Are You Not Entertained?
Not to be confused with Eternity Games’ Gladiator Manager, a historical sports management game on Steam. This is Renegade Games’ Gladiator Manager, a pixel-art historical sports management game on Google Play. While I have not played Eternity’s game, it apparently includes tactical turn-based combat as a critical feature. However, Renegade’s Gladiator Manager leans harder on the management side.
Gladiator Manager begins with the player arriving in the southern Italian city of Capua to open a new ludus, a Gladiator training ground. After picking your name, you can choose between one of four ethnicities: Roman, Punic, Celtic, or Greek.
Roman characters can be male or female, but the other three are male only. Gender doesn’t seem to affect the game much, but ethnicity does. Born in the heart of the Republic, Romans gain a permanent 20% bonus to Influence, a currency used in political actions. Celts give their Gladiators a 20% bonus to experience points from training, while Punic (Carthaginian) characters start with extra gold. Finally, a Greek character’s gladiators unlock new traits at twice the normal rate. Each also starts the game with a different free armor piece, or a shield, in the case of Greeks.
Note, however, that Greek characters aren’t available from the start. Instead, you need to unlock them as an Upgrade for 150 Gems. The game does this quite a lot. Pretty much all but the most basic armor and weapons in Gladiator Manager are locked behind Upgrades. However, that does not stop them from appearing on the list when looking for new items to outfit your fighters. That makes them feel less like Upgrades and more like parts of the game have been sectioned off. In fairness, you can earn gems in-game, though Gladiator Manager is definitely trying to push you toward the cash shop.
I Am Spartacus
Players start by buying their first Gladiator and some weapons and armor from the market. Each Gladiator starts in a generic Gladiator class, but players can also assign them one of five specialized classes. The Hoplomachus, for example, uses shields and polearms and benefits from a high health attribute. Meanwhile, the spear and net-wielding Retiarius relies on cunning instead of raw strength. You can assign any Gladiator to any class, though their aptitude will vary based on the Gladiator’s stats and skills.
Every week, there will be between one and four active tournaments in the arena, often with different rules and requirements. You can’t directly control the fight, but there are ways to tip the odds in your favor. Properly equipping your Gladiators is part of it, but so is cheating. Before each round, you can spend money to do things like poison weapons or bribe guards to leave the enemy’s shackles on. Before the tournament, you can send one of your Gladiators to try and poison a rival, weakening or even killing them outright.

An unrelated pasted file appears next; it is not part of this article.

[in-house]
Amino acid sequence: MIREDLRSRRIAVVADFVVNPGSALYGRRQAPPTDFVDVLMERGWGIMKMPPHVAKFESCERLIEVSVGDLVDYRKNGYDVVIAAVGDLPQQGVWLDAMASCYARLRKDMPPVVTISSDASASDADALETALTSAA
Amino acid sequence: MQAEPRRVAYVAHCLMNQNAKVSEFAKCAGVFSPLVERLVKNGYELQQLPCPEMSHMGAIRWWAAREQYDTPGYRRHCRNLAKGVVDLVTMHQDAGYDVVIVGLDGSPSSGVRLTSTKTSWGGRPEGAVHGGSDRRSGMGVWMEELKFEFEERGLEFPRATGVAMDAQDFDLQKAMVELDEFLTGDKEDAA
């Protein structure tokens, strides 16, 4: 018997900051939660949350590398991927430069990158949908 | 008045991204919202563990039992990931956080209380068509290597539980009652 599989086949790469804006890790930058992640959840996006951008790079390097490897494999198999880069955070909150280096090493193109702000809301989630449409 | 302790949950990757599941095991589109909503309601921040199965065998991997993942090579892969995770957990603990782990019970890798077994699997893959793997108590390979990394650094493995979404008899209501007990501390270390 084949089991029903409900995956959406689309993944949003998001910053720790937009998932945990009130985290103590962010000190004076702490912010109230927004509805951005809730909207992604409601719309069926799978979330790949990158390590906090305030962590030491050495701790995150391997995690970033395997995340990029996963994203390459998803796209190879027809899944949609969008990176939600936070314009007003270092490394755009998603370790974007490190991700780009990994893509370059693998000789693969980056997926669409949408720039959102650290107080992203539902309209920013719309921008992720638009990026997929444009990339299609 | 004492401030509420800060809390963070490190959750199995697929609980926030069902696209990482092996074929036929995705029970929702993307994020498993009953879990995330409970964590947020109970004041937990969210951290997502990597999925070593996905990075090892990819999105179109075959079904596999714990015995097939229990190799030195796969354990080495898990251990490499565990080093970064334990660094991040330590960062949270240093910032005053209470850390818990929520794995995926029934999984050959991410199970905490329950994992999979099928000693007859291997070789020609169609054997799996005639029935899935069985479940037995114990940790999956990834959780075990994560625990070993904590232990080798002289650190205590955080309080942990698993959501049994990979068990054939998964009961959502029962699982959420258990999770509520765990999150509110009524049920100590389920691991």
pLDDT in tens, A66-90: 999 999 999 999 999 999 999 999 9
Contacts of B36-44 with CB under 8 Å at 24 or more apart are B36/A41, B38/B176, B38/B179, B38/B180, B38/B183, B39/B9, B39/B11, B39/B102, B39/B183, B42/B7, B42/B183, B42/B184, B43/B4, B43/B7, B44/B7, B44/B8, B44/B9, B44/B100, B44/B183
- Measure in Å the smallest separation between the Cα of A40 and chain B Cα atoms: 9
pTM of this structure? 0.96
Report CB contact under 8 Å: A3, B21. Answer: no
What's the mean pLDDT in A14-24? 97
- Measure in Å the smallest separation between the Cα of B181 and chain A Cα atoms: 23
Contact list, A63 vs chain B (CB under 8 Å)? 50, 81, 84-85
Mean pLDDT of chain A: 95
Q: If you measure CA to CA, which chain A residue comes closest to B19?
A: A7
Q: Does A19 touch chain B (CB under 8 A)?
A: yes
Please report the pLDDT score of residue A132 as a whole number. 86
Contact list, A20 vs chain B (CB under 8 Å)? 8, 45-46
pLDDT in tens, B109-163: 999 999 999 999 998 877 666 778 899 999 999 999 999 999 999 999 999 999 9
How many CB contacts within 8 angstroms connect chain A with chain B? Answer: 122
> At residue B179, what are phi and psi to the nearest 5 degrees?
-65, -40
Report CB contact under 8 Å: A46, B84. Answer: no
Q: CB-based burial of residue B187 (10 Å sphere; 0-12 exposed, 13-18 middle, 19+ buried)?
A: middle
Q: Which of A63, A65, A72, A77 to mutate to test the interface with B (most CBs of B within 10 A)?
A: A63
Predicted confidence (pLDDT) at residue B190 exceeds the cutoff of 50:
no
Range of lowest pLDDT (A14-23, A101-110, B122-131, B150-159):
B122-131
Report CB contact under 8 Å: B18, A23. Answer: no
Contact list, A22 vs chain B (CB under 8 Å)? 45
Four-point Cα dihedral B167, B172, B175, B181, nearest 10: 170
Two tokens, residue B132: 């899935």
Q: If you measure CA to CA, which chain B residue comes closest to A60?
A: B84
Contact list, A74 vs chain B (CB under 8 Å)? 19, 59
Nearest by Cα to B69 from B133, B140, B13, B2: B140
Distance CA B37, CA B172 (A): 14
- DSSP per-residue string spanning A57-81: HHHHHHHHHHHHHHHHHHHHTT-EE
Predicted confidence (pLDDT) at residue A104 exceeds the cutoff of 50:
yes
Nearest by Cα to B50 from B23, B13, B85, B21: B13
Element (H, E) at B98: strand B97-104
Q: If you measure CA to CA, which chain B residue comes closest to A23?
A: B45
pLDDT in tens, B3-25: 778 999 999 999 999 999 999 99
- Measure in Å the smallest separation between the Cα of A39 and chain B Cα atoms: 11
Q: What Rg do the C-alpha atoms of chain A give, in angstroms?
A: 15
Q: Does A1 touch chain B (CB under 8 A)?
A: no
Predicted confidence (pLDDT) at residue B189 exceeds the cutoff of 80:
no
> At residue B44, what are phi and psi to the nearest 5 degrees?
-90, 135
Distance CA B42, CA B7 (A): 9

These tactics might seem underhanded, but rival Ludi will do the same to you if an opportunity arises. Besides, every battle is a gamble, and you want to stack the odds in your favor. Most fights aren’t to the death, but there is always a chance. Even survivable wounds can put your gladiators out of commission for weeks. Occasionally, they will acquire permanent injuries that require expensive and dangerous surgeries to repair.
Outside of battle and training, players will also need to keep their Gladiator’s loyalty in mind. You can buy their loyalty with gifts or even adopt them into your dynasty if they are successful enough. However, disloyal Gladiators will flee to join Spartacus’ uprising, and they may even come back for revenge.
Render Onto Ceaser
This ties into the larger Ludus management system. Players can buy slaves to guard the compound, entertain the Gladiators, or generate income from the nearby mines. You will want at least enough miners to cover your expenses, while the other two are vital to security. Guards prevent escapes and break-ins from rebels, thieves, and assassins and saboteurs from your rivals. Meanwhile, entertainers help keep your Gladiators loyal, so you won’t have to worry about escape attempts.
It’s not as complex as it sounds, though Gladiator Manager is a game with a learning curve. It will be some time before you start to feel secure, and disasters tend to compound each other. Early on, I made the mistake of relying only on three Gladiators. This came back to bite me when one died, and the other two were out of action for over a month due to injuries. You can give your Gladiators opium for the pain, but sending wounded men into battle is risky and slows recovery.
Altogether, Gladiator Manager is a fun little sports sim that will appeal to those interested in ancient Rome. However, it requires a lot of patience for a mobile game, and the “upgrades” feel more like holding content for ransom.
Is It Hardcore?
Gladiator Manager is a fun little sim game that will appeal to those interested in ancient Rome, but the game requires a lot of patience to get into.